George, we need you. Your New York Yankees aren't the team they once were when you were our unchallenged leader. Sure, you made mistakes, but you always bounced right back up trying again.
I know you trusted your offspring to preserve your legacy, but while they began the "new era" strong, they've drifted away from the "damn the costs, I want the best product on the field" approach that you had fine-tuned into an art form.
Lately, all we Yankee fans hear about is how the team is sticking to a budget. George, they are even passing on top-notch talent (Cliff Lee, Carl Crawford, CJ Wilson, Zach Greinke) all in the name of saving a buck!
Instead, they are trying to squeeze whatever talent is left out of players in the farthest reaches of the twilight of their careers (Bartolo Colon, Freddie Garcia).
Sure, last season they over-rode our GM Brian Cashman to throw bags of money at Raphael Soriano. It has so far shown to be a bust but, it showed flashes of you at your best and I had hope!
Unfortunately, it appears that "mistake" has caused your boys to curl up in their shell and stick to their budget this year.
As I write this, the Yankees are in the midst of trying to find a designated hitter. Even though there are some good ones available (Raul Ibanez comes to mind), they are trying to first unload a large salary (AJ Burnett) before really making an effort to obtain one!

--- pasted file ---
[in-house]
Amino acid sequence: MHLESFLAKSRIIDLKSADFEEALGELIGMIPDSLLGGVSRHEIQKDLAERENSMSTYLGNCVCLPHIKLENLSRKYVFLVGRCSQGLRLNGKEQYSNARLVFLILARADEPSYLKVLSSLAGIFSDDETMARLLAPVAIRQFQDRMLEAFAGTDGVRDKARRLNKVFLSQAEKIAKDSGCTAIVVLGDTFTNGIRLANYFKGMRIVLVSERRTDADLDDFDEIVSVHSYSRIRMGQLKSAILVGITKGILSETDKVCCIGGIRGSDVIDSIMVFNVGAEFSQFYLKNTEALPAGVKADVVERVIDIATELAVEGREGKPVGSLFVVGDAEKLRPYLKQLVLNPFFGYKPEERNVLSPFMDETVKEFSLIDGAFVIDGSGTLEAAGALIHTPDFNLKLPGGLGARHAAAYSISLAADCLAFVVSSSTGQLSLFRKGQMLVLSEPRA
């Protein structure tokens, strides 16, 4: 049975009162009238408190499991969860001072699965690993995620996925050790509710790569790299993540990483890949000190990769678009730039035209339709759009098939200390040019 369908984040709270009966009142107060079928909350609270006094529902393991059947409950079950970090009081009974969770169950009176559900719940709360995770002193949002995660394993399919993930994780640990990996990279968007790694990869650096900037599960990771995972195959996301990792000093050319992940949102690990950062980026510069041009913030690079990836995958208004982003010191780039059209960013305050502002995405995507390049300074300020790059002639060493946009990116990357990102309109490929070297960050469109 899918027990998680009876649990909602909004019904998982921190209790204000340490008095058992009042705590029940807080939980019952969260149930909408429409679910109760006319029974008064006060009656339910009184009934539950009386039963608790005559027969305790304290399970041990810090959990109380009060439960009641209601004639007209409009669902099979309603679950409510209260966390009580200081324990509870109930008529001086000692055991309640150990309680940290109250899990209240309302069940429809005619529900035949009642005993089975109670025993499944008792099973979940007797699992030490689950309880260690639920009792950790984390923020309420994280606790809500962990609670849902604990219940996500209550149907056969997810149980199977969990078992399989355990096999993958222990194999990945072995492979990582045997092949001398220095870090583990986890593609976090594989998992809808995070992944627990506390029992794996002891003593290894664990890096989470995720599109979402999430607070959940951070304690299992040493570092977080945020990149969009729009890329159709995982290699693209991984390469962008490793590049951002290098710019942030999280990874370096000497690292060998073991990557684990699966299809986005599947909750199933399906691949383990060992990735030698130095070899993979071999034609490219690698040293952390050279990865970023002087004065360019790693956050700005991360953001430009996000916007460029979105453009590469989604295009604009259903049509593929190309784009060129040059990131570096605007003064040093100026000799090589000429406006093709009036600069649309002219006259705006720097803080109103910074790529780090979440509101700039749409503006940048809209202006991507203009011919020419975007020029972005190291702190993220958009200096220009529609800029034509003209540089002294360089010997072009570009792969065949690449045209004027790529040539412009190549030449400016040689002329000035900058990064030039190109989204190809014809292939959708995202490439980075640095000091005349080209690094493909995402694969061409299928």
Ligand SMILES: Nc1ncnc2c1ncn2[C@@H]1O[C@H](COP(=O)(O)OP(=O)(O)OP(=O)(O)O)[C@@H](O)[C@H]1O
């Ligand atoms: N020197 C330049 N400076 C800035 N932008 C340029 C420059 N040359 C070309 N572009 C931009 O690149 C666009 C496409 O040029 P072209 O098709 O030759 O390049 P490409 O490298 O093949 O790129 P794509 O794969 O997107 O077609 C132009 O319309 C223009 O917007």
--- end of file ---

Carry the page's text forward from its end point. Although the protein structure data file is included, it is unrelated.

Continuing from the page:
George, your "ready, fire, aim" philosophy is being discarded by Hank, Hal and yes, even Brian. How dare they mess with your formula?
As a New York Yankee fan, I had grown accustomed to my team doing whatever it took to get the best player at every position. Money was NEVER a barrier to obtaining a coveted free agent.
Sadly, Mr. Steinbrenner, your sons appear to be more interested in turning a profit than giving us the highest quality product.
What made you so special to Yankee fans and, so unique among virtually all baseball ownership was the fact that you were willing to lay it all on the line to win. You endeared yourself to the Yankee faithful by hating to lose.
It was never about doing what was best for baseball or, what was best for the business. It was ALWAYS about doing what was best for the Yankees.
As each year passes by without you, we realize just how lucky we were to have you. Please talk to your boys, Mr. Steinbrenner, before it's too late.